At the end of the study, those who did the moderate exercise showed significant improvement in their brain's health and function while the other group had no improvements.

According to the Mayo Clinic, vascular dementia pertains to a person's difficulty in reasoning, making judgment, and other thought process caused by poor blood flow to the brain, which gets damaged as a result.

While a stroke does not necessarily lead to vascular dementia, a person may still develop it after suffering from a stroke.

The research's senior author Teresa Liu-Ambrose of the Aging, Mobility and Cognitive Neuroscience Lab of the university said in an email that consistent "aerobic exercise improves cardiovascular health and cerebrovascular health."

That is why regular brisk walking, an aerobic type of exercise, can benefit people who engage in it.

"More specifically, it reduces one's risk of developing chronic conditions such as high blood pressure, diabetes (type II), and high cholesterol," said Ambrose.

The researcher explained that the diseases mentioned "have a negative impact on the brain – likely through compromised blood flow to the brain."

It is essential that the brain receives good blood flow that brings oxygen and nutrients needed for its function.

However, because the number of people the group observed is relatively small, a doctor from the Montefiore Medical Center in New York expressed caution for people to exercise wisdom in analyzing the results.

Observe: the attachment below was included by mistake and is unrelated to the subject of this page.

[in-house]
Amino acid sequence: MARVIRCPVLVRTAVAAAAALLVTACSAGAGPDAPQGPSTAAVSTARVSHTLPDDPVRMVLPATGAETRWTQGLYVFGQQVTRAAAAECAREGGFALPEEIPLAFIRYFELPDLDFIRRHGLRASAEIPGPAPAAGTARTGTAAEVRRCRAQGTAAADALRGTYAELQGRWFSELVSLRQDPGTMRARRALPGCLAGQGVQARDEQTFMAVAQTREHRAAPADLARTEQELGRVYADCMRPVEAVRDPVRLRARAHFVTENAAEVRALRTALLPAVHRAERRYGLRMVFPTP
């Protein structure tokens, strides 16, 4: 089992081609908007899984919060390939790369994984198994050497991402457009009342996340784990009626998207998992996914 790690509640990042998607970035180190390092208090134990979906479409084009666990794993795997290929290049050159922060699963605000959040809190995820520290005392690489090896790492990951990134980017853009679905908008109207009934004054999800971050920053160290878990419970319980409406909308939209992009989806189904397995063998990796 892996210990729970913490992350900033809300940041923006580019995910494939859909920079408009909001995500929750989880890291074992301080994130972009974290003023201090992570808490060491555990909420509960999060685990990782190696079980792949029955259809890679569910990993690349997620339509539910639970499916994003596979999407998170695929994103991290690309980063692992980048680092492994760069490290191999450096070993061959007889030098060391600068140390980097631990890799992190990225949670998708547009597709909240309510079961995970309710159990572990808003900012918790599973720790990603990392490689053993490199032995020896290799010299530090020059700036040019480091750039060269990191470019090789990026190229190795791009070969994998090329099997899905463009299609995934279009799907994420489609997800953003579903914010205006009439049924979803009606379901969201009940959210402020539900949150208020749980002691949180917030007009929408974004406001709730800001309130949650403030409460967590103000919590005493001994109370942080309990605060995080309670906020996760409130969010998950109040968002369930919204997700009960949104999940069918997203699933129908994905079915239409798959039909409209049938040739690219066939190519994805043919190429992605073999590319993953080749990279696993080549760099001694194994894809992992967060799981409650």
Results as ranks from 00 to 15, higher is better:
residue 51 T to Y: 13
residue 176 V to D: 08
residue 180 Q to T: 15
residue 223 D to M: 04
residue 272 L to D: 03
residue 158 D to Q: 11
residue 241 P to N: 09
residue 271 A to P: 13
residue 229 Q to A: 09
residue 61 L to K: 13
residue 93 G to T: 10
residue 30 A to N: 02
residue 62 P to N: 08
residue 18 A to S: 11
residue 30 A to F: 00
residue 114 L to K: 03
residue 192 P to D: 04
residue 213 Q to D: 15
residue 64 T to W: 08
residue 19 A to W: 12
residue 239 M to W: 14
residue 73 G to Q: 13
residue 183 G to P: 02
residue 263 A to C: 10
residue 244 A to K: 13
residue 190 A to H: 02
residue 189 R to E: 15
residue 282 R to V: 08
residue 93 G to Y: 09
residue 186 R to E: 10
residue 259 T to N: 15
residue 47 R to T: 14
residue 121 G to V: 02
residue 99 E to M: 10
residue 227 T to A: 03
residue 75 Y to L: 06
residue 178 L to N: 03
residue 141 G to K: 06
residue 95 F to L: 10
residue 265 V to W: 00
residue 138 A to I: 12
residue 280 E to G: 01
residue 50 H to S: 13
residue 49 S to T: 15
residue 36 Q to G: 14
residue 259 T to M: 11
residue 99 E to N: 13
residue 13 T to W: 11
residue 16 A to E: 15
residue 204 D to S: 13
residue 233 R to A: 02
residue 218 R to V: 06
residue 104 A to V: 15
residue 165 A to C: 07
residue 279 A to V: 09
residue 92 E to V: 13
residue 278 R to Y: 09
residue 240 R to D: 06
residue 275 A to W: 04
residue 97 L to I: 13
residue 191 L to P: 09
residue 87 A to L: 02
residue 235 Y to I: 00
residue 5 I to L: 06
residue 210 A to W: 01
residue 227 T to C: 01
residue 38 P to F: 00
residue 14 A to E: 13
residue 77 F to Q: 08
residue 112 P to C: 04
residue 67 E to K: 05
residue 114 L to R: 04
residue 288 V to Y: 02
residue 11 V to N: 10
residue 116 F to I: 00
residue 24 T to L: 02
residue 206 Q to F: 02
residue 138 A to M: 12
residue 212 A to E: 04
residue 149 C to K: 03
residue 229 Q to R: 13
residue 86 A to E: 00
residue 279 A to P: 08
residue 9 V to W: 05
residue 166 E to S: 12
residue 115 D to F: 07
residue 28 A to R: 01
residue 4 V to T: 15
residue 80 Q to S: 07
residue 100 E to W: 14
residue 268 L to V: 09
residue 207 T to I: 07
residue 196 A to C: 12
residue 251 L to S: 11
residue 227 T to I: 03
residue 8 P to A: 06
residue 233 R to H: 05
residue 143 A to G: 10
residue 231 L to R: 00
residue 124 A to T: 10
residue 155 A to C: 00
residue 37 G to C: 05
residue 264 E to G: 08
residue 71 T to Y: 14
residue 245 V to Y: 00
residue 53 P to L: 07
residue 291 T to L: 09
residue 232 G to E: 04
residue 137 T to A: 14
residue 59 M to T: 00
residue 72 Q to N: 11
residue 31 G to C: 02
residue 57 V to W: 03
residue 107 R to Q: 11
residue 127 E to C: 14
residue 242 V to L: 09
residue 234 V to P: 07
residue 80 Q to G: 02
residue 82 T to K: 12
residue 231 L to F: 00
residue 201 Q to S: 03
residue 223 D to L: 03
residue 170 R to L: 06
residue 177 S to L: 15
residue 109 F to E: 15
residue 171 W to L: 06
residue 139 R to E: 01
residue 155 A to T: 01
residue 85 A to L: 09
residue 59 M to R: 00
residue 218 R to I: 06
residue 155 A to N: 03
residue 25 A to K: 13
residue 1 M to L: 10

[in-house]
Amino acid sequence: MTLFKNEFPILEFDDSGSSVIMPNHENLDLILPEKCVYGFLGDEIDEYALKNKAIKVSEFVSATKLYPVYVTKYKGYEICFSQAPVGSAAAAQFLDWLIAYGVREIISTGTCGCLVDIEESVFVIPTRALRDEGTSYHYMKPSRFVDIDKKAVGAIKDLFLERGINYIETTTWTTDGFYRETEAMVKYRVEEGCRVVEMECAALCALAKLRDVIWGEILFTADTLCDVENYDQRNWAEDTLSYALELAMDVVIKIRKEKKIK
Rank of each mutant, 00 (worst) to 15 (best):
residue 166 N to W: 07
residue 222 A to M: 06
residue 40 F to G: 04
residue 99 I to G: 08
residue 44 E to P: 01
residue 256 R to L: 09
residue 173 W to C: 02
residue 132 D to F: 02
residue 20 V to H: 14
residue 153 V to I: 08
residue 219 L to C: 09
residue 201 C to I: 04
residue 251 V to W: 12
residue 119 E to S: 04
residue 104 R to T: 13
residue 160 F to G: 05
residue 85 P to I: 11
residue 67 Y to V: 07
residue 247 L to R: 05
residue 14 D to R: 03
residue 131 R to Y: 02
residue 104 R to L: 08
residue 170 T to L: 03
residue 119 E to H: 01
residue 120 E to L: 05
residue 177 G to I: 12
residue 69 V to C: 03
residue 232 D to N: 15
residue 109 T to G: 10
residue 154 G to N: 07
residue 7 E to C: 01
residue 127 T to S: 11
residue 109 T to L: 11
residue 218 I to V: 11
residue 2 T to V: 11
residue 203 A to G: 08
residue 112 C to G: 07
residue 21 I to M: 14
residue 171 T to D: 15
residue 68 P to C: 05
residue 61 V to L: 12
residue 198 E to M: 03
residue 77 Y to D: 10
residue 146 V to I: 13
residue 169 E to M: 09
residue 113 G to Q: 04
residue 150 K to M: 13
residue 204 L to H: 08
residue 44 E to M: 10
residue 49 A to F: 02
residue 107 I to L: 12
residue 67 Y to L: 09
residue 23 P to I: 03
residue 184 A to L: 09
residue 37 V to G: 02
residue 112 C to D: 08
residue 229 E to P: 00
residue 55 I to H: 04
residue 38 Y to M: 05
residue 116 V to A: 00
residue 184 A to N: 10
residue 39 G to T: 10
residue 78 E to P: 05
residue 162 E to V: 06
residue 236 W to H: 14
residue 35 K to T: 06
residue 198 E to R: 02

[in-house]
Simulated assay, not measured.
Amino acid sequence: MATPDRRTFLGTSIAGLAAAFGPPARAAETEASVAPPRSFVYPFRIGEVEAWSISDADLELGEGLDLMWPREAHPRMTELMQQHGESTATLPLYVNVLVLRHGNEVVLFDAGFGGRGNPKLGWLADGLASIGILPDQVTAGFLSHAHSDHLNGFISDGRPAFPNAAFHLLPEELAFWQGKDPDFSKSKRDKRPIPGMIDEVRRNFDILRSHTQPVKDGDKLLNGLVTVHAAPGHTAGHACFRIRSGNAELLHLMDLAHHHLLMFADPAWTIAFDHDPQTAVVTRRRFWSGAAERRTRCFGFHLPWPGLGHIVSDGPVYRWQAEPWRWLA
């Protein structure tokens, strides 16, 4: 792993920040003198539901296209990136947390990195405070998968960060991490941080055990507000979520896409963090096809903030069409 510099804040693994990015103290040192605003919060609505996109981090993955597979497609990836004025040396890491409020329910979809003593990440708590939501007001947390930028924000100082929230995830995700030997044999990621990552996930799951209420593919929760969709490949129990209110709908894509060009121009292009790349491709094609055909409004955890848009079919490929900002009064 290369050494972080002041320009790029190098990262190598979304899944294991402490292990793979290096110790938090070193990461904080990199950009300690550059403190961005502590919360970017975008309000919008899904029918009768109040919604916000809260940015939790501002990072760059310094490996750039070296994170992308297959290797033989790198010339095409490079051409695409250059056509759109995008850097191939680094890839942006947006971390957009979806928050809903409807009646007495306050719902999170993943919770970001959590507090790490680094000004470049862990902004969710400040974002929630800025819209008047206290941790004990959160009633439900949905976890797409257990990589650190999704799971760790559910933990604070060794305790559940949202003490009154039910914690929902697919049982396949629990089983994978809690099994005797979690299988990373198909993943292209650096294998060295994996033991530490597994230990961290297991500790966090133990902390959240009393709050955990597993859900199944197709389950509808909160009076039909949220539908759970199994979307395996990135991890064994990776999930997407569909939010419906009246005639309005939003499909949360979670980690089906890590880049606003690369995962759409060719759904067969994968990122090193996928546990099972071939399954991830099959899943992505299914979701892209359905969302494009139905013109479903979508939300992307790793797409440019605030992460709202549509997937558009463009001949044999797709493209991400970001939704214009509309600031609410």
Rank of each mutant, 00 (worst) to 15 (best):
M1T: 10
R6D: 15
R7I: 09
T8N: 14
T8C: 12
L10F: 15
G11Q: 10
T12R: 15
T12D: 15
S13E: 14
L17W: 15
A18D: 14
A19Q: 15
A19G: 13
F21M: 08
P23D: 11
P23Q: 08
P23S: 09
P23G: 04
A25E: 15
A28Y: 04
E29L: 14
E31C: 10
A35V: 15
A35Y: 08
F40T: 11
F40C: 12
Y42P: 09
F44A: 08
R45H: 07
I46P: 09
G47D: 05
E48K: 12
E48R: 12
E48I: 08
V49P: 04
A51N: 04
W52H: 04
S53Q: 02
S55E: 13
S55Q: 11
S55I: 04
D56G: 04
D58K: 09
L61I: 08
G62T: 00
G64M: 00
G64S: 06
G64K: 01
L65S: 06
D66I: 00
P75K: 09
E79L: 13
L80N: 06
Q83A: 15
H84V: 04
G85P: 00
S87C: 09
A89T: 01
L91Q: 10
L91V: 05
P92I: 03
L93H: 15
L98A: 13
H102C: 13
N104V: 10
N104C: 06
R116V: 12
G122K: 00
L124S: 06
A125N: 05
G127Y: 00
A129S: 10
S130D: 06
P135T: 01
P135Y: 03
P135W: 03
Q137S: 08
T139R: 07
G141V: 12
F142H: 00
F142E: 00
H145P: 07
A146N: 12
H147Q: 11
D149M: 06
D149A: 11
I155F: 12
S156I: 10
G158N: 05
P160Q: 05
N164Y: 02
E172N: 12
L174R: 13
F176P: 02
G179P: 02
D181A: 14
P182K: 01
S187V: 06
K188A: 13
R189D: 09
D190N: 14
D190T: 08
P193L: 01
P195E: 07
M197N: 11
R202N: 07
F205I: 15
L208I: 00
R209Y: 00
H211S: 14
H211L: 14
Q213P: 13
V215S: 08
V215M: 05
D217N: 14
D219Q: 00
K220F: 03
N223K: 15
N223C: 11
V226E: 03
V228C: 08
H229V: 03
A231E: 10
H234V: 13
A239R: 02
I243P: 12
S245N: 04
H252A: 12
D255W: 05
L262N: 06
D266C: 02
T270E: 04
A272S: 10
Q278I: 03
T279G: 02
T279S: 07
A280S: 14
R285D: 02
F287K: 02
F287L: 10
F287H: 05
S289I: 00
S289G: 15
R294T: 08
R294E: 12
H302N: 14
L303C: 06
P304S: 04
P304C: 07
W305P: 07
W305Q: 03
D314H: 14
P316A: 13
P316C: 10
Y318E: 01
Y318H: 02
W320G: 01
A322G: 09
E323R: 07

"Given the small sample size, one needs to be cautious about interpreting the results of this pilot study," said Dr. Joe Verghese of the Montefiore Einstein Center for the Aging Brain. "However, it is encouraging to see that the six-month aerobic exercise program improved certain aspects of cognition and showed changes on functional brain imaging."

He added that should the study be replicated in a larger scope, it can prove significant and "may have implications in advising exercise in older patients with vascular risk factors for brain protection."

According to a study conducted by the University of British Columbia and published at the British Journal of Sports Medicine, a steady pace in brisk walking reduces the effects of brain deterioration linked to poor blood vessel health.